How Tinder changed Valentine. ( An excerpt from #WhyWeLoveTheWayWeDo)
How Tinder changed Valentine
It is the month of February and there was no escaping the most important day of the month. Yes, Valentine’s.
With Valentine’s Day preparations gathering momentum all around us like a particularly large balloon being inflated for a children’s birthday party, there was going to be no respite from the tacky hearts, splashes of red and declarations of undying love through every medium possible for the next two weeks. Each year, the real frenzy starts a week before V-day, with each successive day being declared as Rose Day, Propose Day, Chocolate Day, Teddy Day, Promise Day, Kiss Day, Hug Day and finally the queen mother of all—Valentine’s Day.
Until recently I was only vaguely aware of the existence of Valentine’s Day, with it stirring a few memories of the time I was in college and all of us used to dress in red and wait with bated breath to see which guy would send us a Valentine’s Day card. I distinctly remember the year when about fourteen girls in my class were all delighted at having received a dozen red roses. They were all very excited until they compared notes and discovered that it was the same guy who had sent similar cards to all fourteen girls! I guess he was hedging his bets—out of the fourteen chosen ones, even if one said yes, he would be content. I don’t know if he was foolish or smart but he was crazy for sure.
Today, I see my timeline on my social media pages flooded with various days prefixed with names of various things cute, and tons of pictures of satisfied twenty-somethings and teeny boppers posing with their cherished treasures of roses, teddies and what not, declaring gratitude and happiness to be loved so much. Welcome to modern-day Valentine’s—where the worth of your love is judged by the size of the teddy bear that you have been able to gift your loved one. (What, no teddy bear? You don’t love me!)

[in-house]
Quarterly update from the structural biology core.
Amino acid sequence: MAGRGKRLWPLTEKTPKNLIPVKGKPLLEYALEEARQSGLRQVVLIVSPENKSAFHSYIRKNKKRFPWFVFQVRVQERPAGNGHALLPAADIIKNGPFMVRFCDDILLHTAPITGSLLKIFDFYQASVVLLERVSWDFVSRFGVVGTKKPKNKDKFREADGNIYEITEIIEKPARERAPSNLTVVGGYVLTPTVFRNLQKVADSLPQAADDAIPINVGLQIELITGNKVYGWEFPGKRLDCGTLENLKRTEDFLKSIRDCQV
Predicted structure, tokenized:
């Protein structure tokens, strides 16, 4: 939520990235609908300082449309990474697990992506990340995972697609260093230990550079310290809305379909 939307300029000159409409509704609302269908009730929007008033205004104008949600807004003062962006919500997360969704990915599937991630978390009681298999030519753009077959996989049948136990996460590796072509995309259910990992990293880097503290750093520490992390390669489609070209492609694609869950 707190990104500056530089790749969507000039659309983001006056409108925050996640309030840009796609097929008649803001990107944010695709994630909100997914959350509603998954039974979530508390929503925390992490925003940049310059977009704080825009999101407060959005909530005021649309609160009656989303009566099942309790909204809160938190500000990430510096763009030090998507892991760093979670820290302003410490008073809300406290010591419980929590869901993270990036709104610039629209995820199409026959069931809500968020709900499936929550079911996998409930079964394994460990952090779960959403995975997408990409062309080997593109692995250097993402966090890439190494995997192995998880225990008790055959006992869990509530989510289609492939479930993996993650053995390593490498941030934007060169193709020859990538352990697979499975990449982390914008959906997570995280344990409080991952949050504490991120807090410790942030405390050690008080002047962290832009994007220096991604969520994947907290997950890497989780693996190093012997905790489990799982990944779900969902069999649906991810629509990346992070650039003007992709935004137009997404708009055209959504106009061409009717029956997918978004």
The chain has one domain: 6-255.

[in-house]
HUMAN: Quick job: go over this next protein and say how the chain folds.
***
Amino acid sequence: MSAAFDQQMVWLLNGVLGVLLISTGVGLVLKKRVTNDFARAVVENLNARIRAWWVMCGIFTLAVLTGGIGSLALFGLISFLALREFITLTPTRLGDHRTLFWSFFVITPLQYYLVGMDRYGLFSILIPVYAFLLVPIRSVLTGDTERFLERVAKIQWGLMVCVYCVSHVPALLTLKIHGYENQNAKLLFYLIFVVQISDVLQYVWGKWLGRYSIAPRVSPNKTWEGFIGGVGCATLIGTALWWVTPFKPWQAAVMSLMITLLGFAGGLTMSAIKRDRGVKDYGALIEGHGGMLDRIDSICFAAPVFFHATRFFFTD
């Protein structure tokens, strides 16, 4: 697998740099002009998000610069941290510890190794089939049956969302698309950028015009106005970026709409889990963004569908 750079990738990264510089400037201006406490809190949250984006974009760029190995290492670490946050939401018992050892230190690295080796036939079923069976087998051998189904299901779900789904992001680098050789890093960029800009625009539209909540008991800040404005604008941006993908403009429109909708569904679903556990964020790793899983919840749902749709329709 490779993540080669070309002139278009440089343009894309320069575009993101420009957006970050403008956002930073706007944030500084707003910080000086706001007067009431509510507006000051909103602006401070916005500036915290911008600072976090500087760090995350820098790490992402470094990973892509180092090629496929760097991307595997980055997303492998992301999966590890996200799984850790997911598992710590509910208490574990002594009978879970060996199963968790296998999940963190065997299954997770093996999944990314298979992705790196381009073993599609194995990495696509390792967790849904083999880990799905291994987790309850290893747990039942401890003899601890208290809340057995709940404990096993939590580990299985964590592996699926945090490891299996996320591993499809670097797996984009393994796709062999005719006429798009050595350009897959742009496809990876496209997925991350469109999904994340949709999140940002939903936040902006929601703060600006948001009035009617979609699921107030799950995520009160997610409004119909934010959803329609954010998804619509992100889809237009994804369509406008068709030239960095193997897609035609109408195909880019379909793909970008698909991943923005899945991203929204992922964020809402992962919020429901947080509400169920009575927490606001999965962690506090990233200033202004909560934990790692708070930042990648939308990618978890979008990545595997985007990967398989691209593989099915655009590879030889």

The commercial enterprises cash in on this completely. Everything from pressure cookers to treadmills to real estate to lingerie has taken on a Valentine’s Day spin. Do you love your wife? Surprise her with a pressure cooker this Valentine. Do you love your family? Gift them the perfect home this Valentine. I am certain St. Valentine, the saint who married off lovers in secret, never envisaged the way this celebration would turn out to be one of the biggest consumer holidays. Today an estimated one billion Valentine cards are sent out each year, which is more than on any other holiday, except for Christmas. More than thirty-five million heart-shaped boxes of chocolate are sold and more than two hundred and twenty million red roses are produced just for the holiday. In the US alone, about twenty billion dollars are spent on Valentine’s Day. That the day holds great
importance for those in love is corroborated by the fact that about six million couples are likely to get engaged on 14 February.
While all this expression of love via teddy bears is okay for those hopelessly in love, what about the singles who still haven’t found ‘The One’? Fret not, for the marketers, those clever people, haven’t forgotten them at all. A pub in Dublin hosted a Tinder party for singles this Valentine’s. They offered users of this dating app a free glass of champagne if they showed up at the bar and flashed their Tinder profile. Since other users of Tinder would be assembled there too, one could easily find a potential partner right there and you could be hooking up with someone on Valentine’s Day. They called it ‘Love Me Tinder’ night, a play on one of the most popular love songs on Valentine’s Day, Elvis Presley’s Love Me Tender. Most people who dedicate that song to their partner would have gone through the various stages of romance like flirting, dating, courtship and finally the declaration of love. This takes a few months at the very least. But for those at the bar, in search of love or its alias, there is no need to wait. Romance here is manufactured with a single swipe—‘I like you, you’re it, let’s hook-up, it’s Valentine’s Day’, and you have a partner within moments of meeting each other.
At the other extreme are anti-Valentine’s Day parties, such as the one hosted by a pub in Los Angeles, which had voodoo dolls, some piñata aggression-release therapy and prizes for the worst ‘got-dumped’ stories. Thus you had company if you were recently dumped, and you didn’t have to sit at home brooding.
Whether you are in love or standing on the periphery waiting to jump in, or have escaped with singes or sometimes third-degree burns, there is a Valentine’s just for you. I wouldn’t be surprised if the local vegetable seller started packing potatoes and onions in heart-shaped baskets especially for Valentine’s Day. After all, it is a splendid marketing opportunity and no true-blue salesman would let go of the chance to jump on the bandwagon and peddle his ware, laced with hearts and the promise of everlasting love.
Never mind what happens later.
The hope of finding that elusive thing is the fuel we all thrive on.
Excerpt from my Non-fiction book on relationships: Why We Love The Way We Do
Buy it HERE
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